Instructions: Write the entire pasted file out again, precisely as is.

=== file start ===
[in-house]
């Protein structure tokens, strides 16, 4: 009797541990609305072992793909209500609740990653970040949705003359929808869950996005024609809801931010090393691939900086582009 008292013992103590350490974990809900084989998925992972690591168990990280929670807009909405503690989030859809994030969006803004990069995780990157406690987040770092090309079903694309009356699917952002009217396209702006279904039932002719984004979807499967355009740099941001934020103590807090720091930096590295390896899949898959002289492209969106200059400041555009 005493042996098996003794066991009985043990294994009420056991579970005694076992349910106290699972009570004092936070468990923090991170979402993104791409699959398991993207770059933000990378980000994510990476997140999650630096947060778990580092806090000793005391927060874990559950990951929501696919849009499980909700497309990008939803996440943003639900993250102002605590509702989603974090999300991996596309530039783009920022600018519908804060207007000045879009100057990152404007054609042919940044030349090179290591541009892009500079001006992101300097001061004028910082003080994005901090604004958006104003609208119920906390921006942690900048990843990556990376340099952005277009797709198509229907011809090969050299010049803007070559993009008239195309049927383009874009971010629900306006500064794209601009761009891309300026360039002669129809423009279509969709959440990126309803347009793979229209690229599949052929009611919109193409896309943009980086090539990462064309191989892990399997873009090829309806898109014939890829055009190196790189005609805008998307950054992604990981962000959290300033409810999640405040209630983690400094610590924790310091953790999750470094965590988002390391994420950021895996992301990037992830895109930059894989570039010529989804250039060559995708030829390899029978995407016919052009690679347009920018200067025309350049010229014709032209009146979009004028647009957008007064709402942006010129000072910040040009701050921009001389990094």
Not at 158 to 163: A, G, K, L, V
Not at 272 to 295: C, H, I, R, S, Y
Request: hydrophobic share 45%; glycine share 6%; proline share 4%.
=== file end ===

[in-house]
């Protein structure tokens, strides 16, 4: 009797541990609305072992793909209500609740990653970040949705003359929808869950996005024609809801931010090393691939900086582009 008292013992103590350490974990809900084989998925992972690591168990990280929670807009909405503690989030859809994030969006803004990069995780990157406690987040770092090309079903694309009356699917952002009217396209702006279904039932002719984004979807499967355009740099941001934020103590807090720091930096590295390896899949898959002289492209969106200059400041555009 005493042996098996003794066991009985043990294994009420056991579970005694076992349910106290699972009570004092936070468990923090991170979402993104791409699959398991993207770059933000990378980000994510990476997140999650630096947060778990580092806090000793005391927060874990559950990951929501696919849009499980909700497309990008939803996440943003639900993250102002605590509702989603974090999300991996596309530039783009920022600018519908804060207007000045879009100057990152404007054609042919940044030349090179290591541009892009500079001006992101300097001061004028910082003080994005901090604004958006104003609208119920906390921006942690900048990843990556990376340099952005277009797709198509229907011809090969050299010049803007070559993009008239195309049927383009874009971010629900306006500064794209601009761009891309300026360039002669129809423009279509969709959440990126309803347009793979229209690229599949052929009611919109193409896309943009980086090539990462064309191989892990399997873009090829309806898109014939890829055009190196790189005609805008998307950054992604990981962000959290300033409810999640405040209630983690400094610590924790310091953790999750470094965590988002390391994420950021895996992301990037992830895109930059894989570039010529989804250039060559995708030829390899029978995407016919052009690679347009920018200067025309350049010229014709032209009146979009004028647009957008007064709402942006010129000072910040040009701050921009001389990094």
Not at 158 to 163: A, G, K, L, V
Not at 272 to 295: C, H, I, R, S, Y
Request: hydrophobic share 45%; glycine share 6%; proline share 4%.